There are certain films we’ve seen which couldn’t be considered great but do stand out one way or another. Silent Hill (2006), for example, had a practically non-existent storyline but some superb visuals.

The horror film we despise the most is Saw (2004); there was nothing we liked about this film. Paranormal Activity (2007), another big hit, was also atrociously bad. Drag Me to Hell (2009) too. But that’s the beauty of the world, isn’t it: we are all individuals with individual tastes!

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Give Us Your Tips

We are sure a lot of you will disagree with our list and comments. There are plenty of holes in our theories of what is and what isn’t a horror film. And it is probably pretty inconsistent what we have included in our list and left out using our own guidelines.

What are your recommendations? Have your say below!

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About Shimky

Hi there! I run Wonderful Cinema. I hope you like the site and some of the recommendations. Please leave us a comment recommending a film for us to watch. My avatar is a crop of Luke Chueh's Black in White painting. All the best Shimky.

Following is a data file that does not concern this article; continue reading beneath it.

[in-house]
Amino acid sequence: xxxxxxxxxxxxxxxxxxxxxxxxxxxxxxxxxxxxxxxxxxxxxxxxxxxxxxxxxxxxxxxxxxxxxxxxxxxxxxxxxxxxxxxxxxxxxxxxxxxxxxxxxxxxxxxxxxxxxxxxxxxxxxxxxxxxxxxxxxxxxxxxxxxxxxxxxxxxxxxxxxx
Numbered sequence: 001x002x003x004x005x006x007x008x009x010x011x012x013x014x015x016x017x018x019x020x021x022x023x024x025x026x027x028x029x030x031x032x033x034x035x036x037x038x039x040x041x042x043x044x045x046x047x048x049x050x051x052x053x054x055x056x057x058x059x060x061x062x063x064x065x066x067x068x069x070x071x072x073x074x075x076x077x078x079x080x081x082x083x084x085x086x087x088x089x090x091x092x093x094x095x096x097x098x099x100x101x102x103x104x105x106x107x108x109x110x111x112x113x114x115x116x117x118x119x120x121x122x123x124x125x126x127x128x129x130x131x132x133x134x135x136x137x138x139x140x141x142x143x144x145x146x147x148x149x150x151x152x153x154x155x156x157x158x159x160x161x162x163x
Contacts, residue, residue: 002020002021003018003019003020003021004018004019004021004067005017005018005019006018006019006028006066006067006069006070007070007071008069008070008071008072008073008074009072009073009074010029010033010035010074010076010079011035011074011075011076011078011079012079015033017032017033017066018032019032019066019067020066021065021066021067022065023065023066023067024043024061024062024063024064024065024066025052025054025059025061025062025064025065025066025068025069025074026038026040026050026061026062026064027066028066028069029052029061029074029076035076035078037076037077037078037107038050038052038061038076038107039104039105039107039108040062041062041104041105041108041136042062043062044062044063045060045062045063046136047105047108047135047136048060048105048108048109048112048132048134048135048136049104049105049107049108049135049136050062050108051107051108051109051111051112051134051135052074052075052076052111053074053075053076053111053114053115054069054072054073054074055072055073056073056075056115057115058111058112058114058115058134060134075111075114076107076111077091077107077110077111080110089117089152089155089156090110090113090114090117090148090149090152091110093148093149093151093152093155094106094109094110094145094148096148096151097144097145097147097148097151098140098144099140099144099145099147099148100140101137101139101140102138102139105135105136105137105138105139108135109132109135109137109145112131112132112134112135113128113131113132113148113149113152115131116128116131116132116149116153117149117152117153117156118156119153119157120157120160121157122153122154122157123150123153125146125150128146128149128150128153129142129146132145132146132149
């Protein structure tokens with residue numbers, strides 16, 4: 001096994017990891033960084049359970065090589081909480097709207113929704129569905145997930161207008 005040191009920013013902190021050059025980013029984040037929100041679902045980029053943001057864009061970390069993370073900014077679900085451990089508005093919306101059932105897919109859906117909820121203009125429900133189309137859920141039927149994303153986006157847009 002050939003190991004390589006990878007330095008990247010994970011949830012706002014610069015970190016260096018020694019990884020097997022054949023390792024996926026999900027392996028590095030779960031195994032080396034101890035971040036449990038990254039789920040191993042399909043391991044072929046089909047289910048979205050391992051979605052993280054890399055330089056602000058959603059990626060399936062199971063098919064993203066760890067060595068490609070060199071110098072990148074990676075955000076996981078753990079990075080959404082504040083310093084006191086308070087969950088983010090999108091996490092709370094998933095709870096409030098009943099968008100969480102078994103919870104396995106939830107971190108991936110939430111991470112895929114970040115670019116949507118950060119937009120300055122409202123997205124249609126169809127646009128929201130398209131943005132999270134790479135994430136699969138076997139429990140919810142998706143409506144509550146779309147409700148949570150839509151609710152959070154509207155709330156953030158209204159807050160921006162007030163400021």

60 comments

  1. The Sixth Sense is one of my favourite horror films.

    • Good film! I wouldn’t class it as horror, though. It’s more of a mystery. I haven’t seen it since it came out. Must watch it again soon.

      • I watched it at my grandparent’s house and was skeptical at first because Bruce Willis’ name was on the DVD cover. It was a great movie and I enjoyed every minute of it.

        • Hi Sweet Feet! Did you end up liking Bruce Willis, then? He’s done a lot of rubbish action films but he is a good actor. Among the long list of dross, he’s given great performances in Die Hard (1988), Pulp Fiction (1994), Twelve Monkeys (1995), Sin City (2005), Moonrise Kingdom (2012). I haven’t seen many of his films, so there are probably many more good performances out there.